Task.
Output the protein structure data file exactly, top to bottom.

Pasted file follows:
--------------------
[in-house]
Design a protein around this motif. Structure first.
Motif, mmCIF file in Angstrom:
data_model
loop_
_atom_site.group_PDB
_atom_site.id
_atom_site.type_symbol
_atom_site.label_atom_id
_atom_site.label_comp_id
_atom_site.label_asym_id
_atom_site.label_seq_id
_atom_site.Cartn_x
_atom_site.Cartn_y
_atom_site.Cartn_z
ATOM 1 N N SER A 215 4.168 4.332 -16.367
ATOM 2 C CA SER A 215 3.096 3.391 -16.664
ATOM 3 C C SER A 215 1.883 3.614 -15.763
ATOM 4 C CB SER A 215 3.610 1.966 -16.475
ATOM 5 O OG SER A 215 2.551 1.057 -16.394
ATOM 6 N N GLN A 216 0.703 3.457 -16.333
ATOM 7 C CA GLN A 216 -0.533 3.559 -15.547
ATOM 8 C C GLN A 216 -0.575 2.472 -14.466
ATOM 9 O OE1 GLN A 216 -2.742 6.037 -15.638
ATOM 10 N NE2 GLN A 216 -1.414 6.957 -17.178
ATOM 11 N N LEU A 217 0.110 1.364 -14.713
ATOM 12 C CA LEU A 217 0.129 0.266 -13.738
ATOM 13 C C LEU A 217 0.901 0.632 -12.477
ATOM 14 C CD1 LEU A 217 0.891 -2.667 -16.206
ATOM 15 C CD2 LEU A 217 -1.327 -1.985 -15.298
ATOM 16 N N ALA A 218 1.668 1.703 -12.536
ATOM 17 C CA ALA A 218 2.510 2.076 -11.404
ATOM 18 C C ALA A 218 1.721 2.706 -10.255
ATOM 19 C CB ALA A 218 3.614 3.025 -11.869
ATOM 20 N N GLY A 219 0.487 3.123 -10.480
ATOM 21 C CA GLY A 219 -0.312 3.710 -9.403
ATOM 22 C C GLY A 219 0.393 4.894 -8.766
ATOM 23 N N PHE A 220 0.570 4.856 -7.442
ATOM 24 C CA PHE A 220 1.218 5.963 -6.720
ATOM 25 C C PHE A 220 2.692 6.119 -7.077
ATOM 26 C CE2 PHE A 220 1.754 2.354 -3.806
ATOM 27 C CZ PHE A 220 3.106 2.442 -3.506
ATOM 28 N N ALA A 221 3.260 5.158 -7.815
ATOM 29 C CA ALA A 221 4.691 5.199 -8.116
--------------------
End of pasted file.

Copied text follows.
[in-house]
Design a protein around this motif. Structure first.
Motif, mmCIF file in Angstrom:
data_model
loop_
_atom_site.group_PDB
_atom_site.id
_atom_site.type_symbol
_atom_site.label_atom_id
_atom_site.label_comp_id
_atom_site.label_asym_id
_atom_site.label_seq_id
_atom_site.Cartn_x
_atom_site.Cartn_y
_atom_site.Cartn_z
ATOM 1 N N SER A 215 4.168 4.332 -16.367
ATOM 2 C CA SER A 215 3.096 3.391 -16.664
ATOM 3 C C SER A 215 1.883 3.614 -15.763
ATOM 4 C CB SER A 215 3.610 1.966 -16.475
ATOM 5 O OG SER A 215 2.551 1.057 -16.394
ATOM 6 N N GLN A 216 0.703 3.457 -16.333
ATOM 7 C CA GLN A 216 -0.533 3.559 -15.547
ATOM 8 C C GLN A 216 -0.575 2.472 -14.466
ATOM 9 O OE1 GLN A 216 -2.742 6.037 -15.638
ATOM 10 N NE2 GLN A 216 -1.414 6.957 -17.178
ATOM 11 N N LEU A 217 0.110 1.364 -14.713
ATOM 12 C CA LEU A 217 0.129 0.266 -13.738
ATOM 13 C C LEU A 217 0.901 0.632 -12.477
ATOM 14 C CD1 LEU A 217 0.891 -2.667 -16.206
ATOM 15 C CD2 LEU A 217 -1.327 -1.985 -15.298
ATOM 16 N N ALA A 218 1.668 1.703 -12.536
ATOM 17 C CA ALA A 218 2.510 2.076 -11.404
ATOM 18 C C ALA A 218 1.721 2.706 -10.255
ATOM 19 C CB ALA A 218 3.614 3.025 -11.869
ATOM 20 N N GLY A 219 0.487 3.123 -10.480
ATOM 21 C CA GLY A 219 -0.312 3.710 -9.403
ATOM 22 C C GLY A 219 0.393 4.894 -8.766
ATOM 23 N N PHE A 220 0.570 4.856 -7.442
ATOM 24 C CA PHE A 220 1.218 5.963 -6.720
ATOM 25 C C PHE A 220 2.692 6.119 -7.077
ATOM 26 C CE2 PHE A 220 1.754 2.354 -3.806
ATOM 27 C CZ PHE A 220 3.106 2.442 -3.506
ATOM 28 N N ALA A 221 3.260 5.158 -7.815
ATOM 29 C CA ALA A 221 4.691 5.199 -8.116